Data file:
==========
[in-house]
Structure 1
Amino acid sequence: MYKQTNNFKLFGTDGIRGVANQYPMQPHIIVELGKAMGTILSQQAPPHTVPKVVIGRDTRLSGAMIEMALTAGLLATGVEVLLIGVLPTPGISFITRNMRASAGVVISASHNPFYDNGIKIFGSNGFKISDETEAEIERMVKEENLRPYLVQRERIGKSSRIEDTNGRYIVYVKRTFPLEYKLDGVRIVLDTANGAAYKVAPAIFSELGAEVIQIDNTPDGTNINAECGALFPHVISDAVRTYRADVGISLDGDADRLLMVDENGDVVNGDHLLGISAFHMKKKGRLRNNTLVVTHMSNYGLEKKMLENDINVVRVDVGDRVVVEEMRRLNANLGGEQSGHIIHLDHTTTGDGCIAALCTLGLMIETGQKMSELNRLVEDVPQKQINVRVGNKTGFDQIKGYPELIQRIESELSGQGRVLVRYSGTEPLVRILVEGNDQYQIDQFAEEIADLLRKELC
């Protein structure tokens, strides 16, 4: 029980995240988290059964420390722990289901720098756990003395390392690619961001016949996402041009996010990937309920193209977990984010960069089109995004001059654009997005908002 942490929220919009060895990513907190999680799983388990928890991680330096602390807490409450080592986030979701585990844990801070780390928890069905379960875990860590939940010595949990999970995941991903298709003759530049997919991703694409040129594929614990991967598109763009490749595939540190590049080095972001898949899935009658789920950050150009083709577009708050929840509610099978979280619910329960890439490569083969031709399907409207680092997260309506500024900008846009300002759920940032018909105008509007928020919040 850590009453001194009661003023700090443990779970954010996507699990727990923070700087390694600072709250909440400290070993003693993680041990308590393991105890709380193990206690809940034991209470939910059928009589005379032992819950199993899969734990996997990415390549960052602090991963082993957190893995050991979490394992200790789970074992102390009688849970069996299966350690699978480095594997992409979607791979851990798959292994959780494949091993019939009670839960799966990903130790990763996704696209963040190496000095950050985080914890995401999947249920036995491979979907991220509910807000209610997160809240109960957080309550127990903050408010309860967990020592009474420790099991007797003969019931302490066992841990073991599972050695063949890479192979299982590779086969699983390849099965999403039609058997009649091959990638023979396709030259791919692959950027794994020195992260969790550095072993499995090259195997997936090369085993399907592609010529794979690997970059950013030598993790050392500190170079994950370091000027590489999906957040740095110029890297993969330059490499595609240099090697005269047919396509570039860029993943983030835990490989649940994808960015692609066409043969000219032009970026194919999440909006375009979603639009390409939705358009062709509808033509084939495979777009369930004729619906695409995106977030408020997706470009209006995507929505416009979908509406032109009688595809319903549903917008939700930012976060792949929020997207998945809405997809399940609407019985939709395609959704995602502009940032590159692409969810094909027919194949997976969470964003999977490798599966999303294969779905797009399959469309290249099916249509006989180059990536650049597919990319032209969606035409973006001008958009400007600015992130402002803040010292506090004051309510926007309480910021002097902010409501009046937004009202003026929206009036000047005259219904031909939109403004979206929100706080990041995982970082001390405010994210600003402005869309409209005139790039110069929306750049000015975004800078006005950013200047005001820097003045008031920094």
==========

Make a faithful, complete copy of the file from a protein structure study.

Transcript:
[in-house]
Structure 1
Amino acid sequence: MYKQTNNFKLFGTDGIRGVANQYPMQPHIIVELGKAMGTILSQQAPPHTVPKVVIGRDTRLSGAMIEMALTAGLLATGVEVLLIGVLPTPGISFITRNMRASAGVVISASHNPFYDNGIKIFGSNGFKISDETEAEIERMVKEENLRPYLVQRERIGKSSRIEDTNGRYIVYVKRTFPLEYKLDGVRIVLDTANGAAYKVAPAIFSELGAEVIQIDNTPDGTNINAECGALFPHVISDAVRTYRADVGISLDGDADRLLMVDENGDVVNGDHLLGISAFHMKKKGRLRNNTLVVTHMSNYGLEKKMLENDINVVRVDVGDRVVVEEMRRLNANLGGEQSGHIIHLDHTTTGDGCIAALCTLGLMIETGQKMSELNRLVEDVPQKQINVRVGNKTGFDQIKGYPELIQRIESELSGQGRVLVRYSGTEPLVRILVEGNDQYQIDQFAEEIADLLRKELC
């Protein structure tokens, strides 16, 4: 029980995240988290059964420390722990289901720098756990003395390392690619961001016949996402041009996010990937309920193209977990984010960069089109995004001059654009997005908002 942490929220919009060895990513907190999680799983388990928890991680330096602390807490409450080592986030979701585990844990801070780390928890069905379960875990860590939940010595949990999970995941991903298709003759530049997919991703694409040129594929614990991967598109763009490749595939540190590049080095972001898949899935009658789920950050150009083709577009708050929840509610099978979280619910329960890439490569083969031709399907409207680092997260309506500024900008846009300002759920940032018909105008509007928020919040 850590009453001194009661003023700090443990779970954010996507699990727990923070700087390694600072709250909440400290070993003693993680041990308590393991105890709380193990206690809940034991209470939910059928009589005379032992819950199993899969734990996997990415390549960052602090991963082993957190893995050991979490394992200790789970074992102390009688849970069996299966350690699978480095594997992409979607791979851990798959292994959780494949091993019939009670839960799966990903130790990763996704696209963040190496000095950050985080914890995401999947249920036995491979979907991220509910807000209610997160809240109960957080309550127990903050408010309860967990020592009474420790099991007797003969019931302490066992841990073991599972050695063949890479192979299982590779086969699983390849099965999403039609058997009649091959990638023979396709030259791919692959950027794994020195992260969790550095072993499995090259195997997936090369085993399907592609010529794979690997970059950013030598993790050392500190170079994950370091000027590489999906957040740095110029890297993969330059490499595609240099090697005269047919396509570039860029993943983030835990490989649940994808960015692609066409043969000219032009970026194919999440909006375009979603639009390409939705358009062709509808033509084939495979777009369930004729619906695409995106977030408020997706470009209006995507929505416009979908509406032109009688595809319903549903917008939700930012976060792949929020997207998945809405997809399940609407019985939709395609959704995602502009940032590159692409969810094909027919194949997976969470964003999977490798599966999303294969779905797009399959469309290249099916249509006989180059990536650049597919990319032209969606035409973006001008958009400007600015992130402002803040010292506090004051309510926007309480910021002097902010409501009046937004009202003026929206009036000047005259219904031909939109403004979206929100706080990041995982970082001390405010994210600003402005869309409209005139790039110069929306750049000015975004800078006005950013200047005001820097003045008031920094």